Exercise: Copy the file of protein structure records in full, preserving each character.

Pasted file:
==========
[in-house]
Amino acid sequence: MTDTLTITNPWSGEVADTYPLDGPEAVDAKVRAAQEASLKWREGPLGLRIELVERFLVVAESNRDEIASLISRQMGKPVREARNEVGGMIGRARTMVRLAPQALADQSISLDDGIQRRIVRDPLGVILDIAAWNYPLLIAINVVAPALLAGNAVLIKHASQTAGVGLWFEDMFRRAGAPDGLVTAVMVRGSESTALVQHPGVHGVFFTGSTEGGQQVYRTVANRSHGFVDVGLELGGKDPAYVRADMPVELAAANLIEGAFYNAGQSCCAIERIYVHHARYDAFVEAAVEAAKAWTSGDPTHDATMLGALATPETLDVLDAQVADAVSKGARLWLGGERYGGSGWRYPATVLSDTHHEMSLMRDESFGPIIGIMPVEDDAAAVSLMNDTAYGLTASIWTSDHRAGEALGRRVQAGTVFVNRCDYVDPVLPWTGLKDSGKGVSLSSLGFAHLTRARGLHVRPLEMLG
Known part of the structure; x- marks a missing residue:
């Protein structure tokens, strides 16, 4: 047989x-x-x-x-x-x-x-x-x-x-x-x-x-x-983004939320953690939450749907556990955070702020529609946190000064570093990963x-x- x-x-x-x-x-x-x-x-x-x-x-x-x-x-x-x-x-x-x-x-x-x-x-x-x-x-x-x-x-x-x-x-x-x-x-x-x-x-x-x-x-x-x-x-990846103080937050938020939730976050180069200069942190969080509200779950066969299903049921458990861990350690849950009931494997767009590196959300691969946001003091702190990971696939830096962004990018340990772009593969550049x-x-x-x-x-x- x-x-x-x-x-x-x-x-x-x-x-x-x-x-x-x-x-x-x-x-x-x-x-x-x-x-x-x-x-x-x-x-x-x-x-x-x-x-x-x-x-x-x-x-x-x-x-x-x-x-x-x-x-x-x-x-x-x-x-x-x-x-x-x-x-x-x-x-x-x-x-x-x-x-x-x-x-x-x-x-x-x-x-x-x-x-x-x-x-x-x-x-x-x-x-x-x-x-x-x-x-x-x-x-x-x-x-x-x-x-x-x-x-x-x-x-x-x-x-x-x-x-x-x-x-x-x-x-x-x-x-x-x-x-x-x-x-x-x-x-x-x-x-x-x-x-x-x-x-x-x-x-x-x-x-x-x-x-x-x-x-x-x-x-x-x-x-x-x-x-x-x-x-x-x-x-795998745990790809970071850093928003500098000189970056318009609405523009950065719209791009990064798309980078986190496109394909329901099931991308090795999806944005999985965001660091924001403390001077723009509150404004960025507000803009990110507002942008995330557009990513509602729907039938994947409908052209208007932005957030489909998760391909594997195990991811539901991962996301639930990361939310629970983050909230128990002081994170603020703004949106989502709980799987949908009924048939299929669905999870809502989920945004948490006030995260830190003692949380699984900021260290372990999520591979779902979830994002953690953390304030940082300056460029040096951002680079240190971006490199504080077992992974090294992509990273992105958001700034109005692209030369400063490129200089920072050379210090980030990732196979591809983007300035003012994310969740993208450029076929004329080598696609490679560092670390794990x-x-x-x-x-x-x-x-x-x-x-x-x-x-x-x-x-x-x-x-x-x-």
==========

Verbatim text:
[in-house]
Amino acid sequence: MTDTLTITNPWSGEVADTYPLDGPEAVDAKVRAAQEASLKWREGPLGLRIELVERFLVVAESNRDEIASLISRQMGKPVREARNEVGGMIGRARTMVRLAPQALADQSISLDDGIQRRIVRDPLGVILDIAAWNYPLLIAINVVAPALLAGNAVLIKHASQTAGVGLWFEDMFRRAGAPDGLVTAVMVRGSESTALVQHPGVHGVFFTGSTEGGQQVYRTVANRSHGFVDVGLELGGKDPAYVRADMPVELAAANLIEGAFYNAGQSCCAIERIYVHHARYDAFVEAAVEAAKAWTSGDPTHDATMLGALATPETLDVLDAQVADAVSKGARLWLGGERYGGSGWRYPATVLSDTHHEMSLMRDESFGPIIGIMPVEDDAAAVSLMNDTAYGLTASIWTSDHRAGEALGRRVQAGTVFVNRCDYVDPVLPWTGLKDSGKGVSLSSLGFAHLTRARGLHVRPLEMLG
Known part of the structure; x- marks a missing residue:
């Protein structure tokens, strides 16, 4: 047989x-x-x-x-x-x-x-x-x-x-x-x-x-x-983004939320953690939450749907556990955070702020529609946190000064570093990963x-x- x-x-x-x-x-x-x-x-x-x-x-x-x-x-x-x-x-x-x-x-x-x-x-x-x-x-x-x-x-x-x-x-x-x-x-x-x-x-x-x-x-x-x-x-990846103080937050938020939730976050180069200069942190969080509200779950066969299903049921458990861990350690849950009931494997767009590196959300691969946001003091702190990971696939830096962004990018340990772009593969550049x-x-x-x-x-x- x-x-x-x-x-x-x-x-x-x-x-x-x-x-x-x-x-x-x-x-x-x-x-x-x-x-x-x-x-x-x-x-x-x-x-x-x-x-x-x-x-x-x-x-x-x-x-x-x-x-x-x-x-x-x-x-x-x-x-x-x-x-x-x-x-x-x-x-x-x-x-x-x-x-x-x-x-x-x-x-x-x-x-x-x-x-x-x-x-x-x-x-x-x-x-x-x-x-x-x-x-x-x-x-x-x-x-x-x-x-x-x-x-x-x-x-x-x-x-x-x-x-x-x-x-x-x-x-x-x-x-x-x-x-x-x-x-x-x-x-x-x-x-x-x-x-x-x-x-x-x-x-x-x-x-x-x-x-x-x-x-x-x-x-x-x-x-x-x-x-x-x-x-x-x-x-795998745990790809970071850093928003500098000189970056318009609405523009950065719209791009990064798309980078986190496109394909329901099931991308090795999806944005999985965001660091924001403390001077723009509150404004960025507000803009990110507002942008995330557009990513509602729907039938994947409908052209208007932005957030489909998760391909594997195990991811539901991962996301639930990361939310629970983050909230128990002081994170603020703004949106989502709980799987949908009924048939299929669905999870809502989920945004948490006030995260830190003692949380699984900021260290372990999520591979779902979830994002953690953390304030940082300056460029040096951002680079240190971006490199504080077992992974090294992509990273992105958001700034109005692209030369400063490129200089920072050379210090980030990732196979591809983007300035003012994310969740993208450029076929004329080598696609490679560092670390794990x-x-x-x-x-x-x-x-x-x-x-x-x-x-x-x-x-x-x-x-x-x-």